CHILDREN VULNERABLE TO LEARNING FAILURE: IDENTIFICATION AND DESCRIPTION OF CONSISTENTLY IDENTIFIABLE SUBTYPES
The purpose of this study was to identify and describe homogeneous subgroups within a sample of kindergarten children identified as vulnerable to learning failure on the basis of poor performance on SEARCH, a scanning instrument for the identification of potential learning disabilities. The sample of 141 children (85 males, 56 females) was selected from a much larger sample of approximately 950 children screened over a period of three years in the kindergartens of five schools in a large urban school district.^ Profiles of perceptual and cognitive functioning, which consisted of twenty standardized scores on eleven WPPSI and nine SEARCH subtests, were analyzed using hierarchical, agglomerative, average-linkage cluster analysis, with Euclidean distance as the similarity measure. The cluster analytic solution was checked by a k-means iterative partitioning procedure. Multidimensional Scaling (MDS) procedures were used to confirm the adequacy of the cluster solution, and to establish the number and consistency of dimensions necessary to conceptualize intersubject differences.^ HGROUP cluster analysis classified 84% of the children into one of seven homogeneous subgroups. Three distinct language disability subgroups were identified, along with a Developmental Gerstmann syndrome subgroup, a developmental immaturities subgroup, and a subgroup manifesting mixed deficits in visual-motor integration and associative learning. The seventh subgroup, which was free of perceptual or cognitive deficits, contained a significantly higher frequency of children rated as demonstrating severe personality disturbance.^ Significant differences among subgroups were found with respect to sex ratio, abnormal pencil grip, and presence of neurological impairment. Subgroup differences detected on WRAT reading, Woodcock Word Identification, and Woodcock Word Attack scores did not hold up when the effects of intelligence differences among subgroups were removed. Involvement of all children in an intervention program, however, confounded the attempt to measure subgroup differences in reading achievement.^ Application of MDS procedures to two separate samples identified four consistent dimensions and three characteristics that accounted for intersubject proximity. The first two of these dimensions, general intelligence, and area of deficit (i.e. audio-linguistic versus visuo-spatial) were accounted for by the cluster solution. The third, perceptual intactness and body image awareness, was also related to neurological impairment, and served to differentiate subjects within homogeneous subgroups. . . . (Author's abstract exceeds stipulated maximum length. Discontinued here with permission of author.) UMI ^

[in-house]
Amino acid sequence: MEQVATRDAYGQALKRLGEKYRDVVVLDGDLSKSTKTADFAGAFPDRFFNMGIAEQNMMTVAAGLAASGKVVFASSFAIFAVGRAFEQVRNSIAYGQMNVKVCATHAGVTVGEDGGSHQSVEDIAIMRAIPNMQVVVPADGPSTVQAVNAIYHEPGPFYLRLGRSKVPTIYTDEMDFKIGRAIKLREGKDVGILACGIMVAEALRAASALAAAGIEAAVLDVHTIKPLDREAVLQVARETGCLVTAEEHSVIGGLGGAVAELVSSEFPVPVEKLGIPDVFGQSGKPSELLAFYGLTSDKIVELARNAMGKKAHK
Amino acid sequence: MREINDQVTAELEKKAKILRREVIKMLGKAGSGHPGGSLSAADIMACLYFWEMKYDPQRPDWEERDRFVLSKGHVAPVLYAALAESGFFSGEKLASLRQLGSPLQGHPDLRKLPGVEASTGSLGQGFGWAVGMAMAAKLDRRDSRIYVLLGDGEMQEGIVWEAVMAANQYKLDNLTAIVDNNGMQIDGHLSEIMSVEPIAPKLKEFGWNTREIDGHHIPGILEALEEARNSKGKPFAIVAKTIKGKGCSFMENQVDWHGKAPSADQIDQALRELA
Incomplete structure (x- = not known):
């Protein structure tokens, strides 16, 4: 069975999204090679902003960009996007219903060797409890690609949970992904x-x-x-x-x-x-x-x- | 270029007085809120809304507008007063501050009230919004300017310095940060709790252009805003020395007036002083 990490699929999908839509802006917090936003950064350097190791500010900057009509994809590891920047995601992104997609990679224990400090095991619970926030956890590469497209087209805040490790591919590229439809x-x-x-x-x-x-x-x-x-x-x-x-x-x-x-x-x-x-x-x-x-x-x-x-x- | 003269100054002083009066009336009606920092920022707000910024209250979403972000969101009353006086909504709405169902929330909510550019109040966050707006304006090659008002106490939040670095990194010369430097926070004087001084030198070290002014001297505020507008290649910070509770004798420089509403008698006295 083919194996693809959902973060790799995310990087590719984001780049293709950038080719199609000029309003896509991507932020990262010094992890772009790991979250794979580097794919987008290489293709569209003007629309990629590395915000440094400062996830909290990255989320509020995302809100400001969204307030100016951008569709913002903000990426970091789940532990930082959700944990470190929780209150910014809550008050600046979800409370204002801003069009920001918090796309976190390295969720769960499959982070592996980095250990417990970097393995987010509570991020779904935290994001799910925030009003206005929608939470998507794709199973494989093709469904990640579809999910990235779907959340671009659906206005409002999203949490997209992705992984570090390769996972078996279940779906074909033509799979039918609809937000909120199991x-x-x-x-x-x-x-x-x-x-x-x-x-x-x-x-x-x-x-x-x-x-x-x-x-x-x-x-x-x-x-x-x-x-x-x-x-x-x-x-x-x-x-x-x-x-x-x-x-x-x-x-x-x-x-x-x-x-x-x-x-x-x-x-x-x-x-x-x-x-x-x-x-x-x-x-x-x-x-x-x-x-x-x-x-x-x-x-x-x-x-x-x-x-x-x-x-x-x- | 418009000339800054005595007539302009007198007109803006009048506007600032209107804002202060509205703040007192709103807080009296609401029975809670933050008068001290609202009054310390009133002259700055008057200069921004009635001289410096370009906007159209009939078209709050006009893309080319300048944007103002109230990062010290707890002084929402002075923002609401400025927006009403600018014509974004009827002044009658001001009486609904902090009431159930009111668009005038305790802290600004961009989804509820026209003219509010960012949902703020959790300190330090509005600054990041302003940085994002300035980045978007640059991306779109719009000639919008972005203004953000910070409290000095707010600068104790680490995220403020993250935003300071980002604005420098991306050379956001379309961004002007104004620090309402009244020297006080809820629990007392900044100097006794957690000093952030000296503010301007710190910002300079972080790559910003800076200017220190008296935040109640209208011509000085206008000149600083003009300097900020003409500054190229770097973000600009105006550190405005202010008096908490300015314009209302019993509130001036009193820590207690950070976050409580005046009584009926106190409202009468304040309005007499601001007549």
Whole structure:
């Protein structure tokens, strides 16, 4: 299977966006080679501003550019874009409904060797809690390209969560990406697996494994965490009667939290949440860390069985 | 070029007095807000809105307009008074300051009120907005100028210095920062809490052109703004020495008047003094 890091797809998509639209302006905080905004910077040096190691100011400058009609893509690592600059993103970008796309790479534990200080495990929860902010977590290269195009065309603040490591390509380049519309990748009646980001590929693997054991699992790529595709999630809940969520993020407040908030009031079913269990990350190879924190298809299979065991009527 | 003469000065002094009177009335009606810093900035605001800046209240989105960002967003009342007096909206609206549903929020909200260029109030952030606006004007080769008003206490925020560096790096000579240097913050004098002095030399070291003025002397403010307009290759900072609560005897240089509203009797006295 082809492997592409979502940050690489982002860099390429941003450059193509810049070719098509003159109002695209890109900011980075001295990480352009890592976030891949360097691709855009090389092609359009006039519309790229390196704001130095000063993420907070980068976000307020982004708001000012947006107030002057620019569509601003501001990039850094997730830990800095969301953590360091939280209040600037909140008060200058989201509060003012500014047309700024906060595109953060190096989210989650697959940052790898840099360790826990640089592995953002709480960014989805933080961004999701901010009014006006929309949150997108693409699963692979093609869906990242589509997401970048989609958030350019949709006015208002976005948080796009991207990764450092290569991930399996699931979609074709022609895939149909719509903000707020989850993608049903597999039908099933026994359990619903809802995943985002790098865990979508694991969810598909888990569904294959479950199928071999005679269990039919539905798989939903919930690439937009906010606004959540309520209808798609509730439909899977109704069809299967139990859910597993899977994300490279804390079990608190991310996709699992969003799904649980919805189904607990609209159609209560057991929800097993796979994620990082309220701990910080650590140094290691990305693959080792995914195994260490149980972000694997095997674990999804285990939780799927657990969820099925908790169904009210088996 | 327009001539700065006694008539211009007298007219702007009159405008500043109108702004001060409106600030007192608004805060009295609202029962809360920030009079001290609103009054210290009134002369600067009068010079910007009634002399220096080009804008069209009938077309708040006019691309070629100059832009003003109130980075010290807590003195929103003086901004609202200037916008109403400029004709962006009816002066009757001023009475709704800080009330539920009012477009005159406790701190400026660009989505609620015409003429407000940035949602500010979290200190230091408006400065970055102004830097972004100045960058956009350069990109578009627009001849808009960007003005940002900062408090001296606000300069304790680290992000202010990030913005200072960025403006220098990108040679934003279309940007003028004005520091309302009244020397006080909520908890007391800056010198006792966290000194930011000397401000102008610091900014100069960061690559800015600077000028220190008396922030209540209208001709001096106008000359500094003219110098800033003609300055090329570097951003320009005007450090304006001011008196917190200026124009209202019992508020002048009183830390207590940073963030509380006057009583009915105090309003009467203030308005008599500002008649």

STOKES, JOHN MICHAEL, "CHILDREN VULNERABLE TO LEARNING FAILURE: IDENTIFICATION AND DESCRIPTION OF CONSISTENTLY IDENTIFIABLE SUBTYPES" (1984). ETD Collection for Fordham University. AAI8409271.